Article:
Jump to content
Home
Forum
Join Us
What's New
Articles
Resources
About Us
Tapestry
Rufus

Risk Assessment For The Outdoors

Recommended Posts

Hi

Does anyone have a risk assessment for outdoors that i can look at, need to get one done as soon as possible and a starting point would be great.

Thanks

Share this post


Link to post
Share on other sites

Hi , just wanted to say thank you for uploading your risk assessment, mine needs updating so have taken a sneaky peak. Thank you x

Share this post


Link to post
Share on other sites

Also thank you. It covers a lot and I have tweeked it a bit to suit our setting.

 

Sue J

Share this post


Link to post
Share on other sites

thanks for sharing

Share this post


Link to post
Share on other sites

Thanks for the risk assessment, I will definitely use it as a starting point. If anyone has one with things like crates and planks i'd love to see that.

 

Thanks

Share this post


Link to post
Share on other sites

I hope I'm not speaking out of turn but I can't help thinking we produce these documents just to cover ourselves. Do they actually create an environment where children are any safer outdoors? Children are going to fall over and scrape their knees - that's what they do. Is that a bad thing? or are we teaching them about balance, spatial awareness and risk taking? We don't have a risk assessment for outdoors. We have a daily safety check - is the area and equipment safe? we have staff deployment to ensure appropriate ratios and a proactive regime of monitoring and surveillance. Most of this is common sense - if we find broken glass, we sweep it up. I know this is controversial, especially in our litigious society but I can't see the point in writing down tedious details about every eventuality. If we have a demonstrable culture of corporate and individual responsibility for our own and others safety, do we really need to spell out every individual potential hazard and the risk of it causing harm? and what about the ones we missed?! discuss!

Share this post


Link to post
Share on other sites

Hi, as a professional setting I think we have a responsibility to fill these in. Yes, most of it is common sense but if things do go wrong the fact you have identified and actioned problems and then followed procedure covers you to prove you haven't been negligent in your duty of care to other employees and the children.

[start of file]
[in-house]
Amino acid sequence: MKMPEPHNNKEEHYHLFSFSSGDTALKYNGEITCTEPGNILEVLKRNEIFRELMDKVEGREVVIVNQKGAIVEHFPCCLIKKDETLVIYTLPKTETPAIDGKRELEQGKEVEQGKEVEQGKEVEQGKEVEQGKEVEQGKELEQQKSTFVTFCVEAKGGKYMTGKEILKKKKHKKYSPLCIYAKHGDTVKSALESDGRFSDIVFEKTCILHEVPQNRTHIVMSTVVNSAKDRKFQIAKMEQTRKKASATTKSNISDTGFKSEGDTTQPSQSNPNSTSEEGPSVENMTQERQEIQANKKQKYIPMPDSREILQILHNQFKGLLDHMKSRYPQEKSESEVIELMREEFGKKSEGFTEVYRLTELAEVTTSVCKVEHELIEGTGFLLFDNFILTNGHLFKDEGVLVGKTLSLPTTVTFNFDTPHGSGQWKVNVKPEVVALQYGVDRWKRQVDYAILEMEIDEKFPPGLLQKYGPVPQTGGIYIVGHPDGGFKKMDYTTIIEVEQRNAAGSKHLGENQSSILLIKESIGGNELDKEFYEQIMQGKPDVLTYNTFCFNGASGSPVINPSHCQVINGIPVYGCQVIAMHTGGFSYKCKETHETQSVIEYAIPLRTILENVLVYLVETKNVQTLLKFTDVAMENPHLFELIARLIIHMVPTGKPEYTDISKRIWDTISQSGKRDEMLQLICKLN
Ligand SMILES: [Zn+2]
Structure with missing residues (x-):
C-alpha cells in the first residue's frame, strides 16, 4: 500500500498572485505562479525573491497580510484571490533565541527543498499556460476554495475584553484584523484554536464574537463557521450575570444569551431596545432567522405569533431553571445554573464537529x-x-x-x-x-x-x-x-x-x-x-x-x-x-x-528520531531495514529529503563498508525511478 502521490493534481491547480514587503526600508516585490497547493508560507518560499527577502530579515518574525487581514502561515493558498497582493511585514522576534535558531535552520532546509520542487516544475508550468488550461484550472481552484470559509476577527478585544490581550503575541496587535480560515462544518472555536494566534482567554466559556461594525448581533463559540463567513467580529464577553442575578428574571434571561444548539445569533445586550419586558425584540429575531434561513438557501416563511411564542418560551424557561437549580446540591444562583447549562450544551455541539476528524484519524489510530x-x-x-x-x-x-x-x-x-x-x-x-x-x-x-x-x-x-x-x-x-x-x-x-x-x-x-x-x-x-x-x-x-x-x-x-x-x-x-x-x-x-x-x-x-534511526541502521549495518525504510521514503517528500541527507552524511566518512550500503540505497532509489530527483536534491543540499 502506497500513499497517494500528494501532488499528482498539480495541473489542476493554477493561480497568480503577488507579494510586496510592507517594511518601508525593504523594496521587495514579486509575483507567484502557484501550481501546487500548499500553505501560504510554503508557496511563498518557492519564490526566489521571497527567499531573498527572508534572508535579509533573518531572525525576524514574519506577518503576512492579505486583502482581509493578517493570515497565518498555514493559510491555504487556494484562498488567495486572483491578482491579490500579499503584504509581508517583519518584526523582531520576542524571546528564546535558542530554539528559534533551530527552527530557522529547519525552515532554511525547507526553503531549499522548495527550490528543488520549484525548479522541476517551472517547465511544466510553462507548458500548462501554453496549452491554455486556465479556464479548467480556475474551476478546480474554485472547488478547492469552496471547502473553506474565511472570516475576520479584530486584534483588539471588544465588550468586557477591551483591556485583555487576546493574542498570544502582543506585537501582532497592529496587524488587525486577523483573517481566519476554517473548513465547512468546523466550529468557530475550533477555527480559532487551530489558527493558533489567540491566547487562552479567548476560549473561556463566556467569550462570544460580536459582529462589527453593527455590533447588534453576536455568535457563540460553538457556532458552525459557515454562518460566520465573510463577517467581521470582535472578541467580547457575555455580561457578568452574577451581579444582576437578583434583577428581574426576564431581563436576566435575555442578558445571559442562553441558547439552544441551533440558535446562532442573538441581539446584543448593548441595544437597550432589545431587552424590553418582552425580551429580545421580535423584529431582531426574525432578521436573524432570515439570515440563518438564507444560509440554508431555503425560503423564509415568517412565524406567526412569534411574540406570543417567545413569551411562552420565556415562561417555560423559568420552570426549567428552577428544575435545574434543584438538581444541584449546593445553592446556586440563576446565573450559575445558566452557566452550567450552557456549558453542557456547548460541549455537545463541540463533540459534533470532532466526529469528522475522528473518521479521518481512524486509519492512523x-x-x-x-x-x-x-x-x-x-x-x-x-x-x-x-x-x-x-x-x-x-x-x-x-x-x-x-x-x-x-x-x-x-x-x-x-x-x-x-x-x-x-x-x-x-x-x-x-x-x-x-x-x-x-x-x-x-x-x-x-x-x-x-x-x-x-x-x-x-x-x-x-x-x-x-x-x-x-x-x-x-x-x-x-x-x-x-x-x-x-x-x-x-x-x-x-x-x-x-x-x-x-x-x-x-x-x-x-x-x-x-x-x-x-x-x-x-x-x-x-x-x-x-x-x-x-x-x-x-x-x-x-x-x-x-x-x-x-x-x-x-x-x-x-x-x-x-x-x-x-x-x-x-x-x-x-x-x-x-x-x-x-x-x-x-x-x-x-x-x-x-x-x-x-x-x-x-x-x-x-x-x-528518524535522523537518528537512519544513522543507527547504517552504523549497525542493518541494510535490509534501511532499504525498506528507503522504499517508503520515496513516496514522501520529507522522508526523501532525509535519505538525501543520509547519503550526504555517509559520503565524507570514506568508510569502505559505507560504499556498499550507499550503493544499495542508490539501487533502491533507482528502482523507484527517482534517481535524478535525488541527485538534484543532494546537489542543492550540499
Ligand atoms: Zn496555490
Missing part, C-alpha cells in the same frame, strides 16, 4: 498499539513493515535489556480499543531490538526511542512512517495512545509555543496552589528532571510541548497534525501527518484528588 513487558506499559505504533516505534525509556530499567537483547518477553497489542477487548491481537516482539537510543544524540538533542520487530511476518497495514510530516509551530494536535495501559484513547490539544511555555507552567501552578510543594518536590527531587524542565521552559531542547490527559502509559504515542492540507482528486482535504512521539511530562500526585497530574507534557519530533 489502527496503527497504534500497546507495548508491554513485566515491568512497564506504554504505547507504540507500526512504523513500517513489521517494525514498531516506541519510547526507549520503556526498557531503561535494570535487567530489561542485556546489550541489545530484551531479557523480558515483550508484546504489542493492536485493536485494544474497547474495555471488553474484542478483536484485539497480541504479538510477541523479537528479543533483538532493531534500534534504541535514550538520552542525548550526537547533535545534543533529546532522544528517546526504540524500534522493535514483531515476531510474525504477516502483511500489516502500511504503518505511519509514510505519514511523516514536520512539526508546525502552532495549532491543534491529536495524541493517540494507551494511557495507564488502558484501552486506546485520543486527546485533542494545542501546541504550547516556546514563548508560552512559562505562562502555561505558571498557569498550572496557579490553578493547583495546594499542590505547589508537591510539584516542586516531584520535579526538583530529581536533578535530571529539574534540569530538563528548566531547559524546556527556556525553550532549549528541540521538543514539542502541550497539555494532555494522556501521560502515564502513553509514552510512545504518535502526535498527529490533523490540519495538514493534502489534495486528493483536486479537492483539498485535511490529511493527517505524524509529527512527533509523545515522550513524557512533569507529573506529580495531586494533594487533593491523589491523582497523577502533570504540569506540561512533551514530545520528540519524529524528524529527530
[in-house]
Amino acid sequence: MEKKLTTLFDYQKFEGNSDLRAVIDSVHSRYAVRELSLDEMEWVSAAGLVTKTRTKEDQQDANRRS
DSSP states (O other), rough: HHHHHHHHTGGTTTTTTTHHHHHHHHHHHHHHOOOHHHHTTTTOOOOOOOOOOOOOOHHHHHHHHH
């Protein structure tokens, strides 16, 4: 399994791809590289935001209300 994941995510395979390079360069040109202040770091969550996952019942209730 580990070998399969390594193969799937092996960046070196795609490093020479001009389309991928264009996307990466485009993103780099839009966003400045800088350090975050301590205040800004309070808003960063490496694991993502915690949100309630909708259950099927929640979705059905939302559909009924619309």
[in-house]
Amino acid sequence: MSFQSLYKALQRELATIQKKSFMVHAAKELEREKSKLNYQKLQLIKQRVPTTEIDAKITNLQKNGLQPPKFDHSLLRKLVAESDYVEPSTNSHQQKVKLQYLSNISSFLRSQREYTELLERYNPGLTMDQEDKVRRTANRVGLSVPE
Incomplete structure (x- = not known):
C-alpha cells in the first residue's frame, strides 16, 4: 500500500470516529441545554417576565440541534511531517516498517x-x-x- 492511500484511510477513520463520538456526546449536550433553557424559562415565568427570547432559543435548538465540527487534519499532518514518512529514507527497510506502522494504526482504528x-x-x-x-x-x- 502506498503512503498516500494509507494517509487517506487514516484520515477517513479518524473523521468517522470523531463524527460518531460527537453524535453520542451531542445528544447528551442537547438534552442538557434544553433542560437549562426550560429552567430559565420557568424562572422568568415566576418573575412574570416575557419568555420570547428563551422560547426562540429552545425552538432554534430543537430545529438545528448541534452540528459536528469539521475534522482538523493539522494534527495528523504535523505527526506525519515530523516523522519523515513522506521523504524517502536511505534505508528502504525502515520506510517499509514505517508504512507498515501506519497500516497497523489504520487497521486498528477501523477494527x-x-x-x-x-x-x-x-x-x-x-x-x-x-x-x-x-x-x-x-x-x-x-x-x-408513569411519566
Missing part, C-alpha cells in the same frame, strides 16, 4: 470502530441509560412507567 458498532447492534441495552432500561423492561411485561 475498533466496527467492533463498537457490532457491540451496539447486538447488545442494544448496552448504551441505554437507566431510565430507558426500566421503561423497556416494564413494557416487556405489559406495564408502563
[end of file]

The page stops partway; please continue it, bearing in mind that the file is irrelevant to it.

From someone who's Committee has just had to fill in a RIDDOR form for an accident in the workplace :o

Share this post


Link to post
Share on other sites

I do understand where you are coming from David W, however a neighbouring school has been hauled over the coals by OFSTED for not having one and was even told that eventhough everything else was good/outstanding, if a risk assessment was not produced by 9am the next morning they would not even get satisfactory.

As you say, it's just a bit of paper, so i'd rather fill it out. Than fall down on things we do anyway just because it isn't documented.

Share this post


Link to post
Share on other sites
I do understand where you are coming from David W, however a neighbouring school has been hauled over the coals by OFSTED for not having one and was even told that eventhough everything else was good/outstanding, if a risk assessment was not produced by 9am the next morning they would not even get satisfactory.

As you say, it's just a bit of paper, so i'd rather fill it out. Than fall down on things we do anyway just because it isn't documented.

 

The setting I am currentlu in had none in place when I took over as leader, Ofsted were through the door within a week and again she would have failed us if i hadn't of had an action plan in place to show i was working through them.

 

I do agree with you David and I do think we can promote risky play but we also need these risk assessments in place to protect the children too.

 

I guess with regards to crates etc state the limit to the height ie no more than x high etc, all broken crates removed etc

Share this post


Link to post
Share on other sites

Just to add to your discuss comment David, an interesting quote on this from the EYFS review

I am also recommending practitioners should not have to undertake written risk assessments when they take children out, but instead be able to demonstrate, if asked, the ways that they are managing outings to minimise risk.

Share this post


Link to post
Share on other sites

I also saw that comment in the Tickell review which I think supports my view. I knew what I wrote would be controversial. I am able to demonstrate to Ofsted that we have an effective proactive risk assessment procedure in place (and have done so at successive inspections). We complete an annual risk assessment covering all areas and we have specific risk assessments for all our main activities. We also have a daily safety check, staff training and reviews of accident forms. I argue that all of these contribute to risk assessment and hazard avoidance. And yes, I know we do have to comply with regulations and make sure we are covered but I think we are writing some of these things down just to cover ourselves. What we are trying to do is keep children safe. This is a continual process. It doesn't stop with a piece of paper entitled outdoors risk assessment. I guess it comes down to the definition of risk assessment and possibly arguing semantics with Ofsted if it comes to a stand-off.

Share this post


Link to post
Share on other sites

×